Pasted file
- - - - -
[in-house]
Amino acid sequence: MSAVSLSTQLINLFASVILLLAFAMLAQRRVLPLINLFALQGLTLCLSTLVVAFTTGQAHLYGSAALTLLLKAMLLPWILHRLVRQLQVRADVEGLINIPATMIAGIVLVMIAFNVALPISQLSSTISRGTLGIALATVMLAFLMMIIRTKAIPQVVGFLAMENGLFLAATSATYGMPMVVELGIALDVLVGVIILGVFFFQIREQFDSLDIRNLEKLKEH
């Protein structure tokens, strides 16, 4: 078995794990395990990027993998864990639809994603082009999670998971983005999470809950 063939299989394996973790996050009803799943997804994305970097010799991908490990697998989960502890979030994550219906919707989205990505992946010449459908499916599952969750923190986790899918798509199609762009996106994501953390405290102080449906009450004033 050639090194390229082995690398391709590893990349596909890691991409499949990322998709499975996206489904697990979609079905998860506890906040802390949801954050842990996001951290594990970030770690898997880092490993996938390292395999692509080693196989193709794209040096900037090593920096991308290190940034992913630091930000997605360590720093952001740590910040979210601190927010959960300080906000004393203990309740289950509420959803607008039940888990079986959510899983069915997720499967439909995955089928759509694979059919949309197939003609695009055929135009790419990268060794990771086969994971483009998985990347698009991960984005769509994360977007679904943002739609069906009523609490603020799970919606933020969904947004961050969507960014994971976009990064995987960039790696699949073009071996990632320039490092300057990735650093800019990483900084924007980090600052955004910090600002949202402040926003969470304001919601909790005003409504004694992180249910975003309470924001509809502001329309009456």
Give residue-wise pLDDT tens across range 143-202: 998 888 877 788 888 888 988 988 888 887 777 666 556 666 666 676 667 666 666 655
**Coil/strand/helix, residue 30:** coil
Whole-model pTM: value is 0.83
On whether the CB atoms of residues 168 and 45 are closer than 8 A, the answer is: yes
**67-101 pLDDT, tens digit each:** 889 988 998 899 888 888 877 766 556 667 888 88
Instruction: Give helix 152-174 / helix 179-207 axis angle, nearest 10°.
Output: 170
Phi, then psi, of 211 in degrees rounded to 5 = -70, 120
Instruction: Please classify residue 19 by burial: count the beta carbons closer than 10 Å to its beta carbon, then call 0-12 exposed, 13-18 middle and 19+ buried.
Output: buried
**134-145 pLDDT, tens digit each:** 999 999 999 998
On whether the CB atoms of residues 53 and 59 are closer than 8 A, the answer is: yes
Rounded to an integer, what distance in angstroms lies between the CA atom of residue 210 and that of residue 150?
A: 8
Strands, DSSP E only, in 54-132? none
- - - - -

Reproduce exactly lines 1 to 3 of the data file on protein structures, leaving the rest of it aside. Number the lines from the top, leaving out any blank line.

[in-house]
Amino acid sequence: MSAVSLSTQLINLFASVILLLAFAMLAQRRVLPLINLFALQGLTLCLSTLVVAFTTGQAHLYGSAALTLLLKAMLLPWILHRLVRQLQVRADVEGLINIPATMIAGIVLVMIAFNVALPISQLSSTISRGTLGIALATVMLAFLMMIIRTKAIPQVVGFLAMENGLFLAATSATYGMPMVVELGIALDVLVGVIILGVFFFQIREQFDSLDIRNLEKLKEH
């Protein structure tokens, strides 16, 4: 078995794990395990990027993998864990639809994603082009999670998971983005999470809950 063939299989394996973790996050009803799943997804994305970097010799991908490990697998989960502890979030994550219906919707989205990505992946010449459908499916599952969750923190986790899918798509199609762009996106994501953390405290102080449906009450004033 050639090194390229082995690398391709590893990349596909890691991409499949990322998709499975996206489904697990979609079905998860506890906040802390949801954050842990996001951290594990970030770690898997880092490993996938390292395999692509080693196989193709794209040096900037090593920096991308290190940034992913630091930000997605360590720093952001740590910040979210601190927010959960300080906000004393203990309740289950509420959803607008039940888990079986959510899983069915997720499967439909995955089928759509694979059919949309197939003609695009055929135009790419990268060794990771086969994971483009998985990347698009991960984005769509994360977007679904943002739609069906009523609490603020799970919606933020969904947004961050969507960014994971976009990064995987960039790696699949073009071996990632320039490092300057990735650093800019990483900084924007980090600052955004910090600002949202402040926003969470304001919601909790005003409504004694992180249910975003309470924001509809502001329309009456």